Tuesday , August 22 2017

How to Onboard New Scrum Team Members Fast and Reduce Risk

A scrum team is a carefully balanced ecosystem. When even one team member leaves and is replaced by someone new, it can throw the whole system into chaos if mismanaged. In an article for Scrum Alliance, Sanjeet Biswas describes some useful tips to ensure that the whole team is happy with the new arrangement. Maintaining Balance First, begin with the obvious—make sure new team members will have all of their necessary equipment ready to be …

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The Secret of How Amazon Keeps an Agile Mindset at Its Huge Size

Amazon is a world leader in business and technology, known for its innovation. And its innovations sometimes take quirky forms, as shown with the new Echo Look, which is equipped with a camera that can help you select the most fashionable outfit to wear for the day. As Howard Yu explains in an article for Forbes though, the quirky new functionality of Echo Look is actually part of a familiar pattern in the business’s mindset. …

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Does the Scrum Master Role Ever Go Away?

The scrum master essentially fulfills the Obi-Wan Kenobi role on the agile team. This person guides, coaches, and ensures that the Force *ahem* scrum is being used the right way. But when the whole team is living and breathing scrum, does the scrum master role remain necessary? Mike Cohn addresses this question in a short post for Mountain Goat Software. Here Today… The scrum master role does entail more than just building up the team. …

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The UK Is Losing £37 Billion Annually to Failed Agile IT Projects

An article at TechNative shares data from IT consultancy 6point6, who conducted a survey with 300 CIOs in the US and the UK. The findings might be described as “harsh.” For instance, 21 percent of US agile projects fail completely, and it is estimated that 32 percent of US and UK agile projects fail to some degree. Ouch The failure adds up to an approximate £37 billion loss for the UK. Equally worrying, half of …

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3 Big Mistakes That Early Scrum Masters Make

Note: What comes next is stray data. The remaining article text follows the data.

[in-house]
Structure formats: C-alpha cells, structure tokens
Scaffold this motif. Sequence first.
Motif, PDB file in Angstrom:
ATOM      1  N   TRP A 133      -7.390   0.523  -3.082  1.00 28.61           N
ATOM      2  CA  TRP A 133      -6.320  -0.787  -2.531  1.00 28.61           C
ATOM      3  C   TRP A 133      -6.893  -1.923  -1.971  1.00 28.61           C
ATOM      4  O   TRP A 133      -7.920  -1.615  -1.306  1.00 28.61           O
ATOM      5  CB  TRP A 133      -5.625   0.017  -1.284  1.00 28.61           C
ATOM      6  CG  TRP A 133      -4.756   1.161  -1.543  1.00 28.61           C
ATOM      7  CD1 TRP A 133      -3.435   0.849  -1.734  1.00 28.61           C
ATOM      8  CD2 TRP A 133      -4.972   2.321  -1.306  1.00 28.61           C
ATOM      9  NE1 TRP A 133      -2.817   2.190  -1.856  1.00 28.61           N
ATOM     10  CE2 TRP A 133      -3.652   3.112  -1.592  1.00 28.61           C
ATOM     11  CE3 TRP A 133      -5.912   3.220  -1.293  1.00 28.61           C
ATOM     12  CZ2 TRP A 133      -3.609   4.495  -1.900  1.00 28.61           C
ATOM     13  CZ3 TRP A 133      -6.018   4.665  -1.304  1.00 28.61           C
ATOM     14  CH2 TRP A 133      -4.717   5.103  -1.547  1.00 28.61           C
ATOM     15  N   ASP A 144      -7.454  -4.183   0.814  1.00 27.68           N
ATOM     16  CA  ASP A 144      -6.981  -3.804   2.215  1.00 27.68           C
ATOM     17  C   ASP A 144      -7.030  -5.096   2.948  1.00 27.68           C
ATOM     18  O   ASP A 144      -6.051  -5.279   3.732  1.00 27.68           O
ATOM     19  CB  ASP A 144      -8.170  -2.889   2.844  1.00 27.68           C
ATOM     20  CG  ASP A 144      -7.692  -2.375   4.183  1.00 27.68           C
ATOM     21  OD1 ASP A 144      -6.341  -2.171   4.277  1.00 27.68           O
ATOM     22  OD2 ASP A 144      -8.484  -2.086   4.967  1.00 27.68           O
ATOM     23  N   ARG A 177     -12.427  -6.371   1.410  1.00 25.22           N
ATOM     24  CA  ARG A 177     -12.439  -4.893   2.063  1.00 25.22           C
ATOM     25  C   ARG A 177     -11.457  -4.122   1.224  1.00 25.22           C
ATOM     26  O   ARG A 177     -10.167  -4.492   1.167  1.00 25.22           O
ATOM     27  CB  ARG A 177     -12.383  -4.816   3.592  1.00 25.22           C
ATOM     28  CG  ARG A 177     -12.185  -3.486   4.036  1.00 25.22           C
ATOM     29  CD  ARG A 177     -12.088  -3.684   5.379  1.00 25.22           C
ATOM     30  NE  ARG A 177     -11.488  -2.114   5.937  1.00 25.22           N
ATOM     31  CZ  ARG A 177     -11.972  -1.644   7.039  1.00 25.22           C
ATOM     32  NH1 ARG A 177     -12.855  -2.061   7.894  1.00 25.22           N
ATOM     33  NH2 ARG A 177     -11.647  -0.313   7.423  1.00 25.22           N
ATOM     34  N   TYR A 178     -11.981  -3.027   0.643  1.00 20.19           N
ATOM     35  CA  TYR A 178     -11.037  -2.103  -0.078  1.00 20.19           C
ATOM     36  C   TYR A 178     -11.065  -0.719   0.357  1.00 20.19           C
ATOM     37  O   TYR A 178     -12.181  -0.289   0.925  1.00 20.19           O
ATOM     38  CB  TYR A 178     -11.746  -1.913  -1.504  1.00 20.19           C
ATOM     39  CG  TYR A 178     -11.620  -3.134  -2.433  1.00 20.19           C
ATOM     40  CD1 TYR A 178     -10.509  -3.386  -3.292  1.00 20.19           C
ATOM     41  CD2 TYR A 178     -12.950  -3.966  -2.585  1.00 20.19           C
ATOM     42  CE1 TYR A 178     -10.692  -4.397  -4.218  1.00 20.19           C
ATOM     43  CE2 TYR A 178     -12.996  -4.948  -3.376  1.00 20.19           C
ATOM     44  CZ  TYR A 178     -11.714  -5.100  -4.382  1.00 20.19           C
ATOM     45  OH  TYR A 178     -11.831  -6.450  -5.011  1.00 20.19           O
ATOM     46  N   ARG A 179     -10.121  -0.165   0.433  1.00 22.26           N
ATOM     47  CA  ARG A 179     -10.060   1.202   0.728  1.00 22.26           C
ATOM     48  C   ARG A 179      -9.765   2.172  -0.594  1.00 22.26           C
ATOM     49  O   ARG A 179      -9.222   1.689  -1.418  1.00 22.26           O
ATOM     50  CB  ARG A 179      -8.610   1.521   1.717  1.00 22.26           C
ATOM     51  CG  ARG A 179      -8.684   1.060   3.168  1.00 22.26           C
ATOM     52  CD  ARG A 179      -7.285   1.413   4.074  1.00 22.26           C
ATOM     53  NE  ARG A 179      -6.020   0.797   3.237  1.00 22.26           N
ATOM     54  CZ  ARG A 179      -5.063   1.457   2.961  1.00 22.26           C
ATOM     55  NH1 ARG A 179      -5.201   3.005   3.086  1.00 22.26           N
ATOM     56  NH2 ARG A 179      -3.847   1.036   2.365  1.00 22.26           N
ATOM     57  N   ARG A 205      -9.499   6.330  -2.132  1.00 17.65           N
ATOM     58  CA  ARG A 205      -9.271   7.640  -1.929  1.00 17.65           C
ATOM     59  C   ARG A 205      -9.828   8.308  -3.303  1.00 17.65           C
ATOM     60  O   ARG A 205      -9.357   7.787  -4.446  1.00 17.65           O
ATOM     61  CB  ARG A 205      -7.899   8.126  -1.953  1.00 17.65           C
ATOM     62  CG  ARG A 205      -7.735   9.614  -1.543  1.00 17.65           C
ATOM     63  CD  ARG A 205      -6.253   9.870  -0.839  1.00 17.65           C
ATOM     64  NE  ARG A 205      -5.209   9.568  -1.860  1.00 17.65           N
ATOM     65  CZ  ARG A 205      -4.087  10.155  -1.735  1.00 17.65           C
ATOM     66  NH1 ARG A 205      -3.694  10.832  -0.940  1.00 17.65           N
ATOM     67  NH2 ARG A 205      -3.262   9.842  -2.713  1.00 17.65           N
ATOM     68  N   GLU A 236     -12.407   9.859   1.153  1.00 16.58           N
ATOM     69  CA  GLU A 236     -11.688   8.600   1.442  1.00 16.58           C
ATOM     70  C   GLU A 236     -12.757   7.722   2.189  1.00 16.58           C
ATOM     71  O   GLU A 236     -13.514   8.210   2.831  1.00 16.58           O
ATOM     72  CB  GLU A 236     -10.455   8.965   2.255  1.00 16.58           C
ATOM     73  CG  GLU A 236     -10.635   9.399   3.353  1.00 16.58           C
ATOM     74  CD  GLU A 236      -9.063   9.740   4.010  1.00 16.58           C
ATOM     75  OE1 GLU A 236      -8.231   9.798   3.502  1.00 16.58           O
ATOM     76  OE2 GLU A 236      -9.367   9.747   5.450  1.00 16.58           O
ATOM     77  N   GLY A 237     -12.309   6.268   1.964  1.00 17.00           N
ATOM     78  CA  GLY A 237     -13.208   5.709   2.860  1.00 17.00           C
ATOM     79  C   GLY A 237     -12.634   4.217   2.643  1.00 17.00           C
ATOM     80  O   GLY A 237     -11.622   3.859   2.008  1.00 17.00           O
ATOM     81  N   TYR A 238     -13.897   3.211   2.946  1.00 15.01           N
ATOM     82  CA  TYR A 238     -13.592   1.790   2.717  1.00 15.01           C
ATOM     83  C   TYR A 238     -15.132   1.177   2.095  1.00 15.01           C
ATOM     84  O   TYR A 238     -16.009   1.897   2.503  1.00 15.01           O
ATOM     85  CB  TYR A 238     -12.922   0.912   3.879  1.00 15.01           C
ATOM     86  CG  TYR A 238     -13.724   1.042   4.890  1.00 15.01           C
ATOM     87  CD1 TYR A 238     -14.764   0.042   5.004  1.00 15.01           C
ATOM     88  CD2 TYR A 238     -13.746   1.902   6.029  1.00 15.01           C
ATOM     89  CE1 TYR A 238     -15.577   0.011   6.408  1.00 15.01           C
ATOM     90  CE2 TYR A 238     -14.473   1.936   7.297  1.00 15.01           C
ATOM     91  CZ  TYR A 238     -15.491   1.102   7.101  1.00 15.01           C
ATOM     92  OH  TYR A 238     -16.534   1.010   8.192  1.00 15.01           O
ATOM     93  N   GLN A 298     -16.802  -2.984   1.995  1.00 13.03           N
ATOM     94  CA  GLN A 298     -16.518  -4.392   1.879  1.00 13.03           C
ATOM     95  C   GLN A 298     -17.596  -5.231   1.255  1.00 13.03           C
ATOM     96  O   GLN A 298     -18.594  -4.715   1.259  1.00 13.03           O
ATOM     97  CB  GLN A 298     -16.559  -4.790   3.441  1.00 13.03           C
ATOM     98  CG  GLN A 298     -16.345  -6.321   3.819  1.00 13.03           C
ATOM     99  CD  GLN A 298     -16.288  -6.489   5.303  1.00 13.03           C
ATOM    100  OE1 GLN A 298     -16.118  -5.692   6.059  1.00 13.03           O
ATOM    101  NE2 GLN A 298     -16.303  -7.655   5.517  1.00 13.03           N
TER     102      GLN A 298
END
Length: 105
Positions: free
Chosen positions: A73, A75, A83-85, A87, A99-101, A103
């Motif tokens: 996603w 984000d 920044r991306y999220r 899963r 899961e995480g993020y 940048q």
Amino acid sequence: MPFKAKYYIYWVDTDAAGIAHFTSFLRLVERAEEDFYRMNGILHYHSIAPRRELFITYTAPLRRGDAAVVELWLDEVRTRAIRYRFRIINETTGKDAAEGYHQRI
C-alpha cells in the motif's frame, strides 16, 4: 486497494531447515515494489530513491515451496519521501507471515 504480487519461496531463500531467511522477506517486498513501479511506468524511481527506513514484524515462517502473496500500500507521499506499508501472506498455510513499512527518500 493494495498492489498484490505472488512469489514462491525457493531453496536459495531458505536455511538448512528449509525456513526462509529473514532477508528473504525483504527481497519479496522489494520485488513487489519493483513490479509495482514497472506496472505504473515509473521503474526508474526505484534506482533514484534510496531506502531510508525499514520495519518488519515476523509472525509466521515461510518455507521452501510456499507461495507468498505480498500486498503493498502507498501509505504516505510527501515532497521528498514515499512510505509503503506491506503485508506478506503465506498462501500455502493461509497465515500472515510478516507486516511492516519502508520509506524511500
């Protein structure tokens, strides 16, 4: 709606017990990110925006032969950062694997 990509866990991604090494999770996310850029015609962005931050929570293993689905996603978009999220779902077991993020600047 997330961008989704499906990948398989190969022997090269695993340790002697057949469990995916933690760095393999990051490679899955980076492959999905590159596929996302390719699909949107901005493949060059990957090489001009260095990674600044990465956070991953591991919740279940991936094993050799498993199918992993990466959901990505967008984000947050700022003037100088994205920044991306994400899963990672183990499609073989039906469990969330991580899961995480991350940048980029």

Ignorance is bliss, until your ignorance sends a cruise ship into an iceberg. And while it is true that everyone has to start somewhere, it is also true that you can learn from others’ mistakes before you make them yourself. In an article for Scrum Alliance, Aaron Tooth shares three mistakes he made in his early scrum master days that are insidiously easy to make yourself: Mistaking facilitation for coordination Assuming that disagreeable stakeholders do …

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Why Getting to Done Is So Important

Getting a big chunk of work done is always satisfying. Finishing a big chunk of work is doubly satisfying. And in business, getting to done is doubly important too. In a quick post for Mountain Goat Software, Mike Cohn reminds us why getting to done with a few pieces of work is better than getting halfway done with many pieces of work. Case Closed For one thing, it is difficult to provide useful feedback for …

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The 4 C’s for Perfect Business Requirements

In the pursuit of delivering better business requirements, product owners have wider-reaching role responsibilities than most. How can you as a product owner be sure you are excelling in the ways you develop requirements? In an article for Scrum Alliance, Alison Schestopol counts 4 C’s to know for stellar requirements: Complete Compliant Clear Concise Crazy Cool Tips For requirements to be “complete,” they must include both the explicit and implicit aspects. Explicit requirements are typically …

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The Three Biggest Challenges of Scaling Agile

Implementing agile is a bumpy ride, but the drive is manageable. Scaling agile, however, is a cross-country road trip, and you better have a good navigator. In an article for TechTarget, CEB IT practice leader Mark Tonsetic describes three major scaling challenges that IT leaders must address. These challenges were identified through collecting data from almost 300 agile teams over five years: Product owners are made, not born. Legacy funding processes are inadequate for scaling. …

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No More Limits! Why WIP Targets Are Better for Improving Team Performance

For decades now, the Operations Research and Industrial Engineering communities—and especially Lean and Theory of Constraints (TOC) practitioners—have preached the importance of limiting “work in progress,” or WIP, in order to improve flow in a process or system. The conceptual foundation for such WIP limits is known as “Little’s Law,” named after John Little for having provided the first proof of the theorem back in 1961. In order to boost the throughput of a system, Little’s Law asserts …

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Five Common Myths about Iterations

Typically, iterations are a common aspect of agile implementations. However, ideas of what an “iteration” actually is have mutated over time. In a post for the Clever PM, Cliff Gilley shares five tips that dispel false beliefs: Iteration does not always mean a “full bite of the sandwich.” Iteration does not mean doing the same thing every time. Iteration does not mean that every step is perfect. Iteration does not mean that you will go …

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